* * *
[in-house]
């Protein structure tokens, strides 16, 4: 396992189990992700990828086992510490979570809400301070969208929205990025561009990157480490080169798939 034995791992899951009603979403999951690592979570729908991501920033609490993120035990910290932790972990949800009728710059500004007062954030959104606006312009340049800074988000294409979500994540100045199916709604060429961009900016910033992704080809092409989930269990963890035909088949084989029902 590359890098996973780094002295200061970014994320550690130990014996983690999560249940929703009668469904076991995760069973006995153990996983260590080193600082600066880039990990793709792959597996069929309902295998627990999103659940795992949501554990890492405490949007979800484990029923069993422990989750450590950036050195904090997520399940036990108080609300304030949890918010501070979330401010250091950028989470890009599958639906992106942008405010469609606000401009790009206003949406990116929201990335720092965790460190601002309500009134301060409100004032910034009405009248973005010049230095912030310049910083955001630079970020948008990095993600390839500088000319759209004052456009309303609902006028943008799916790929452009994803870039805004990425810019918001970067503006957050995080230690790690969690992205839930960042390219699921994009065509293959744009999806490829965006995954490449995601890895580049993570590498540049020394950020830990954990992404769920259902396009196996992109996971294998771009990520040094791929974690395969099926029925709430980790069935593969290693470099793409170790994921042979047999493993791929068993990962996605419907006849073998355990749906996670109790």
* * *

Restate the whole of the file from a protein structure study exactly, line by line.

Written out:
[in-house]
């Protein structure tokens, strides 16, 4: 396992189990992700990828086992510490979570809400301070969208929205990025561009990157480490080169798939 034995791992899951009603979403999951690592979570729908991501920033609490993120035990910290932790972990949800009728710059500004007062954030959104606006312009340049800074988000294409979500994540100045199916709604060429961009900016910033992704080809092409989930269990963890035909088949084989029902 590359890098996973780094002295200061970014994320550690130990014996983690999560249940929703009668469904076991995760069973006995153990996983260590080193600082600066880039990990793709792959597996069929309902295998627990999103659940795992949501554990890492405490949007979800484990029923069993422990989750450590950036050195904090997520399940036990108080609300304030949890918010501070979330401010250091950028989470890009599958639906992106942008405010469609606000401009790009206003949406990116929201990335720092965790460190601002309500009134301060409100004032910034009405009248973005010049230095912030310049910083955001630079970020948008990095993600390839500088000319759209004052456009309303609902006028943008799916790929452009994803870039805004990425810019918001970067503006957050995080230690790690969690992205839930960042390219699921994009065509293959744009999806490829965006995954490449995601890895580049993570590498540049020394950020830990954990992404769920259902396009196996992109996971294998771009990520040094791929974690395969099926029925709430980790069935593969290693470099793409170790994921042979047999493993791929068993990962996605419907006849073998355990749906996670109790």